Abstract T MP118: Microinfarct Disruption of Cerebral White Matter: A Longitudinal Diffusion Tractography Analysis
Introduction: Cerebral microinfarcts (CMI) are associated with cognitive decline in clinico-pathological studies. Acute CMI can be detected by diffusion-weighted imaging (DWI). We prospectively evaluated the effect of incidental CMI on white matter (WM) ultrastructure using longitudinal diffusion tensor imaging (DTI)-based tractography.
Methods: Nine incidental DWI lesions were identified in six subjects (all males, age 67±9 years, mean pre-to-post lesional scan interval 19±4 months). All patients were diagnosed with probable cerebral amyloid angiopathy and underwent at least three MRIs as part of a prospective study. Silent DWI lesions were observed on the middle scan, enabling longitudinal analysis. Control regions-of-interest (ROIs) were generated in the contralateral hemisphere using semi-automated coregistration, and the lesion/control ROIs were coregistered to the pre- and post-lesional scans. DTI parameters [fractional anisotropy (FA); mean diffusivity (MD)] were measured within each ROI, along a short-segment of WM fiber tracts (within 6mm of the ROI), and along the entire tract. For the lesional scan, we compared DTI parameters between lesion and control ROIs. For the longitudinal analysis, we compared the ratio of lesion-to-control FA and MD at the pre-lesional and post-lesional scans.
Results: On the lesional scan, FA within the lesion ROI was significantly lower than in the control ROI (0.28±0.13 vs. 0.40±0.20, p=0.04) and MD was non-significantly reduced in the lesion ROI versus the control ROI (p=0.09). A significant decline within lesion ROI in FA ratio (1.22±0.45 vs. 0.91±0.439, p=0.04) and an increase in MD ratio (0.96±0.14 vs. 1.25±0.37, p=0.02) were observed between the pre-lesional and post-lesional scans. There was no difference in FA ratio or MD ratio for the short segment or entire tracts at the time of the lesion and in the longitudinal analysis.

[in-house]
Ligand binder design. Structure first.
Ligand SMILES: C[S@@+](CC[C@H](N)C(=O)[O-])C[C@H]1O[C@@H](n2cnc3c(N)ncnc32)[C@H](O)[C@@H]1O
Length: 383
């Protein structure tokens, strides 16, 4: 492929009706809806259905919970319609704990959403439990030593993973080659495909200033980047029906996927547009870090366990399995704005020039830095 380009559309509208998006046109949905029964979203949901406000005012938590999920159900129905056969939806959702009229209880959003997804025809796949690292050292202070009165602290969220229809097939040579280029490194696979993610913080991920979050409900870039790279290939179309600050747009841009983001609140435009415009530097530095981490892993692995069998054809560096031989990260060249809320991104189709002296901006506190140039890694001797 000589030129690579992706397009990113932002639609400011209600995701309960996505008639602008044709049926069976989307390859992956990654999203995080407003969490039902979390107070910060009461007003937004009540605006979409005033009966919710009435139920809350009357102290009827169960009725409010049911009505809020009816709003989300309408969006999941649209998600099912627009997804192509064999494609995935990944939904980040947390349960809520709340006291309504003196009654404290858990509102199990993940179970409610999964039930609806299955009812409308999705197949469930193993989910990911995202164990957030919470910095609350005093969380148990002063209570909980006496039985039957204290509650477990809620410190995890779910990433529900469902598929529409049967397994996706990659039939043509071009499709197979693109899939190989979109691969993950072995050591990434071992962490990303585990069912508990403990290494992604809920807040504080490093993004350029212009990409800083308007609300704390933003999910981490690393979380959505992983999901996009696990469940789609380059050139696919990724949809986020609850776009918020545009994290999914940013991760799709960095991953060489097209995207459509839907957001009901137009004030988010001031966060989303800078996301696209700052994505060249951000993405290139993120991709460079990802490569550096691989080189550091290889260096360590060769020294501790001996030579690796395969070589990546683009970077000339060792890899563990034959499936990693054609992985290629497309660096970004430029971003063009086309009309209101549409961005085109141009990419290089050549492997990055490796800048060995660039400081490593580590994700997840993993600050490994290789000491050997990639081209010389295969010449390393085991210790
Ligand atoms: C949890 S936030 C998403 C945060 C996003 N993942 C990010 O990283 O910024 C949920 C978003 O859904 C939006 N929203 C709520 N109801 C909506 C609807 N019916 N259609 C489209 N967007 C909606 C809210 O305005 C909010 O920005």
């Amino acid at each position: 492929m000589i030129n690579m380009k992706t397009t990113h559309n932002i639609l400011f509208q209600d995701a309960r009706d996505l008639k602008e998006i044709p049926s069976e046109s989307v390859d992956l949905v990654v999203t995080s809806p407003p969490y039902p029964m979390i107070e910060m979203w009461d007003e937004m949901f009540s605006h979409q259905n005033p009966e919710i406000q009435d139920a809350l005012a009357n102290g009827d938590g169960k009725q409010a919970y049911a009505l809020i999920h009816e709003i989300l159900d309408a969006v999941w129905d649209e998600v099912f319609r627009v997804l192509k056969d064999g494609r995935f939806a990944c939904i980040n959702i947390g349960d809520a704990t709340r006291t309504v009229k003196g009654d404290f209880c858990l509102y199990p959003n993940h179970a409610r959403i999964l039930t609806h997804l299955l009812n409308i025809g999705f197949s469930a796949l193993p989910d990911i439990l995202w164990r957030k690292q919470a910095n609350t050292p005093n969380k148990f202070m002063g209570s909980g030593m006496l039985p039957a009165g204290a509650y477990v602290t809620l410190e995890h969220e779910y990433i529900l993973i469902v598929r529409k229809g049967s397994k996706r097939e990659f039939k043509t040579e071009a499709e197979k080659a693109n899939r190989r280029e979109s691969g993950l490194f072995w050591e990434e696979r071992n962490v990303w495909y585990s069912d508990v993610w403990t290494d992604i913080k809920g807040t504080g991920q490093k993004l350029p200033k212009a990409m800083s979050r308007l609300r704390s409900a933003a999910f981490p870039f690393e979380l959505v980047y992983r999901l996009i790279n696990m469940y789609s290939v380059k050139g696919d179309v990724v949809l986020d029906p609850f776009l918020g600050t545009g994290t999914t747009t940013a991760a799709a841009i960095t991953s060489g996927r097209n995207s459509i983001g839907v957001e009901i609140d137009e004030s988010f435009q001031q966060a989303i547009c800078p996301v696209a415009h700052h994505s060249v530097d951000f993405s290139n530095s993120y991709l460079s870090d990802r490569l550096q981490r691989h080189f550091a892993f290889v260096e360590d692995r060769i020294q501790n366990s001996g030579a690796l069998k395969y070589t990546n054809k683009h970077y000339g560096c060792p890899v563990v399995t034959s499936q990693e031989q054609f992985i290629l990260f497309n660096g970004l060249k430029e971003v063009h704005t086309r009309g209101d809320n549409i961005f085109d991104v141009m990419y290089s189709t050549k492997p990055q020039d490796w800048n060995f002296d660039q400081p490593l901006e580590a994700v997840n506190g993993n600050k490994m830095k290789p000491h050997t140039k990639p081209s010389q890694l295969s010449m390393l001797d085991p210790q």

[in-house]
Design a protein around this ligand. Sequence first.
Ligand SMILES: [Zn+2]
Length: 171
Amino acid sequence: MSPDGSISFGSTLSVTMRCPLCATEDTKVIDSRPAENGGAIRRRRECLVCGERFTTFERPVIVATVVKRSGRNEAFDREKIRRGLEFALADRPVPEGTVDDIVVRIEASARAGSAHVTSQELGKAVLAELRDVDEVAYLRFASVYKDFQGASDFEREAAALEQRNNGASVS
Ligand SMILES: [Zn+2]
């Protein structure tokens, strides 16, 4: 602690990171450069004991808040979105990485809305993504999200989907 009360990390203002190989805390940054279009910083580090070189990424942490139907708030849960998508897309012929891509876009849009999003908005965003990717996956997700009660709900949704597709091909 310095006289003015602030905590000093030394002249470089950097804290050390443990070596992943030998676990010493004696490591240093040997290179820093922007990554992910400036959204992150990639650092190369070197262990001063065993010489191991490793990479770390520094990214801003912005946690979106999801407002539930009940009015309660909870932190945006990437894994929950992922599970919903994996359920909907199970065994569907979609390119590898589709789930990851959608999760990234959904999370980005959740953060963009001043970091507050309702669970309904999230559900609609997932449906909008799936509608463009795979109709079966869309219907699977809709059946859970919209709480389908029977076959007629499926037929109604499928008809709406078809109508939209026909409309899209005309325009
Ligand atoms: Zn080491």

Conclusion: We demonstrate persistent microstructural alterations of WM caused by incidental DWI lesions. Although these alterations do not extend outside the lesional ROI to associated fiber tracts, their accumulation over time may explain their association with cognitive decline.
Author Disclosures: E. Auriel: None. Y. Reijmar: None. B. Edlow: None. P. Fotiadis: None. S. Martinez-Ramirez: None. N. Jun: None. A. Reed: None. A. Vashkevich: None. K. Schwab: None. A. Viswanathan: None. M. Gurol: None. S. Greenberg: Research Grant; Significant; NIH 5R01NS059727.
- © 2014 by American Heart Association, Inc.